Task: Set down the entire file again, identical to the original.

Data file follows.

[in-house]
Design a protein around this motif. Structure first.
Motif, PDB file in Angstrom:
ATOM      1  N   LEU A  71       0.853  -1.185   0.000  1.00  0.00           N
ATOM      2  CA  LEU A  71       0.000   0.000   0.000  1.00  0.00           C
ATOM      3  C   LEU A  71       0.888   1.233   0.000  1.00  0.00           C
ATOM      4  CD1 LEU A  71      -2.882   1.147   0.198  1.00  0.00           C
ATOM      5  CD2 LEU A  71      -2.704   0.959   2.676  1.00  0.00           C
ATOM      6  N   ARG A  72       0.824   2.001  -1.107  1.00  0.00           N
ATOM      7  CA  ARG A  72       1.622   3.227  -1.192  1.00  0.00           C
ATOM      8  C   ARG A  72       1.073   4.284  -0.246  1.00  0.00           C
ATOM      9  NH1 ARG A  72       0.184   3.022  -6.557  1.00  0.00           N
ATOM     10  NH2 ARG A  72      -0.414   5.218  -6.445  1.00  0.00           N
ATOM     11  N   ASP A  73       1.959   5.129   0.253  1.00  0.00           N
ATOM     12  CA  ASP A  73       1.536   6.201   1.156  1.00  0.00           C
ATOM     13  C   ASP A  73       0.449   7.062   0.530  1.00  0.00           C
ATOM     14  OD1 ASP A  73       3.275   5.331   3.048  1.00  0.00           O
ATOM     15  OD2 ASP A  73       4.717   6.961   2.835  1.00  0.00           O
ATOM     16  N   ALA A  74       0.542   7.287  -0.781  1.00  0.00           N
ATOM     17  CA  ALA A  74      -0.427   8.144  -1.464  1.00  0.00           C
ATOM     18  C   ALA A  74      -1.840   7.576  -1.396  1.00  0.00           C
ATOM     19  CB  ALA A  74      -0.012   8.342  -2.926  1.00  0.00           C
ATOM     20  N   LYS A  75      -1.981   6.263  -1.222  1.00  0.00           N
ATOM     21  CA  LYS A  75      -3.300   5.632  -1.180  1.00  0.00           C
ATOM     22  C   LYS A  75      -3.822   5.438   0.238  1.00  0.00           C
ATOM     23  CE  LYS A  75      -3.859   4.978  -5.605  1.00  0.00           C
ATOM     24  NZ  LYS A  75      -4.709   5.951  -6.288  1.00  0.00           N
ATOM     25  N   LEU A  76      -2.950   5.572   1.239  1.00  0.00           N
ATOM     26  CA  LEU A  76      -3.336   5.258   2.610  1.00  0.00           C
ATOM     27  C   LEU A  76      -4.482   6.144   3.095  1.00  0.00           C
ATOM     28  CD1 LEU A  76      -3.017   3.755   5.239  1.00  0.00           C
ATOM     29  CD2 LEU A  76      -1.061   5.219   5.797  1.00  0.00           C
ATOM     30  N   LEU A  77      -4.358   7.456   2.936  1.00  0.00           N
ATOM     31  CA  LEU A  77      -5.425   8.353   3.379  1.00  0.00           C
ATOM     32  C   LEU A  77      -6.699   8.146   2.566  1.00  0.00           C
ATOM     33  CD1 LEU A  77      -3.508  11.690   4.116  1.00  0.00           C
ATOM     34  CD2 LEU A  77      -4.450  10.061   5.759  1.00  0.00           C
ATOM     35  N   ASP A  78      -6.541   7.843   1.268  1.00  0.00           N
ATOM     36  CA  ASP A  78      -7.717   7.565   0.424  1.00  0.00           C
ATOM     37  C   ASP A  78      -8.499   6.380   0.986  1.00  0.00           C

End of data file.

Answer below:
[in-house]
Design a protein around this motif. Structure first.
Motif, PDB file in Angstrom:
ATOM      1  N   LEU A  71       0.853  -1.185   0.000  1.00  0.00           N
ATOM      2  CA  LEU A  71       0.000   0.000   0.000  1.00  0.00           C
ATOM      3  C   LEU A  71       0.888   1.233   0.000  1.00  0.00           C
ATOM      4  CD1 LEU A  71      -2.882   1.147   0.198  1.00  0.00           C
ATOM      5  CD2 LEU A  71      -2.704   0.959   2.676  1.00  0.00           C
ATOM      6  N   ARG A  72       0.824   2.001  -1.107  1.00  0.00           N
ATOM      7  CA  ARG A  72       1.622   3.227  -1.192  1.00  0.00           C
ATOM      8  C   ARG A  72       1.073   4.284  -0.246  1.00  0.00           C
ATOM      9  NH1 ARG A  72       0.184   3.022  -6.557  1.00  0.00           N
ATOM     10  NH2 ARG A  72      -0.414   5.218  -6.445  1.00  0.00           N
ATOM     11  N   ASP A  73       1.959   5.129   0.253  1.00  0.00           N
ATOM     12  CA  ASP A  73       1.536   6.201   1.156  1.00  0.00           C
ATOM     13  C   ASP A  73       0.449   7.062   0.530  1.00  0.00           C
ATOM     14  OD1 ASP A  73       3.275   5.331   3.048  1.00  0.00           O
ATOM     15  OD2 ASP A  73       4.717   6.961   2.835  1.00  0.00           O
ATOM     16  N   ALA A  74       0.542   7.287  -0.781  1.00  0.00           N
ATOM     17  CA  ALA A  74      -0.427   8.144  -1.464  1.00  0.00           C
ATOM     18  C   ALA A  74      -1.840   7.576  -1.396  1.00  0.00           C
ATOM     19  CB  ALA A  74      -0.012   8.342  -2.926  1.00  0.00           C
ATOM     20  N   LYS A  75      -1.981   6.263  -1.222  1.00  0.00           N
ATOM     21  CA  LYS A  75      -3.300   5.632  -1.180  1.00  0.00           C
ATOM     22  C   LYS A  75      -3.822   5.438   0.238  1.00  0.00           C
ATOM     23  CE  LYS A  75      -3.859   4.978  -5.605  1.00  0.00           C
ATOM     24  NZ  LYS A  75      -4.709   5.951  -6.288  1.00  0.00           N
ATOM     25  N   LEU A  76      -2.950   5.572   1.239  1.00  0.00           N
ATOM     26  CA  LEU A  76      -3.336   5.258   2.610  1.00  0.00           C
ATOM     27  C   LEU A  76      -4.482   6.144   3.095  1.00  0.00           C
ATOM     28  CD1 LEU A  76      -3.017   3.755   5.239  1.00  0.00           C
ATOM     29  CD2 LEU A  76      -1.061   5.219   5.797  1.00  0.00           C
ATOM     30  N   LEU A  77      -4.358   7.456   2.936  1.00  0.00           N
ATOM     31  CA  LEU A  77      -5.425   8.353   3.379  1.00  0.00           C
ATOM     32  C   LEU A  77      -6.699   8.146   2.566  1.00  0.00           C
ATOM     33  CD1 LEU A  77      -3.508  11.690   4.116  1.00  0.00           C
ATOM     34  CD2 LEU A  77      -4.450  10.061   5.759  1.00  0.00           C
ATOM     35  N   ASP A  78      -6.541   7.843   1.268  1.00  0.00           N
ATOM     36  CA  ASP A  78      -7.717   7.565   0.424  1.00  0.00           C
ATOM     37  C   ASP A  78      -8.499   6.380   0.986  1.00  0.00           C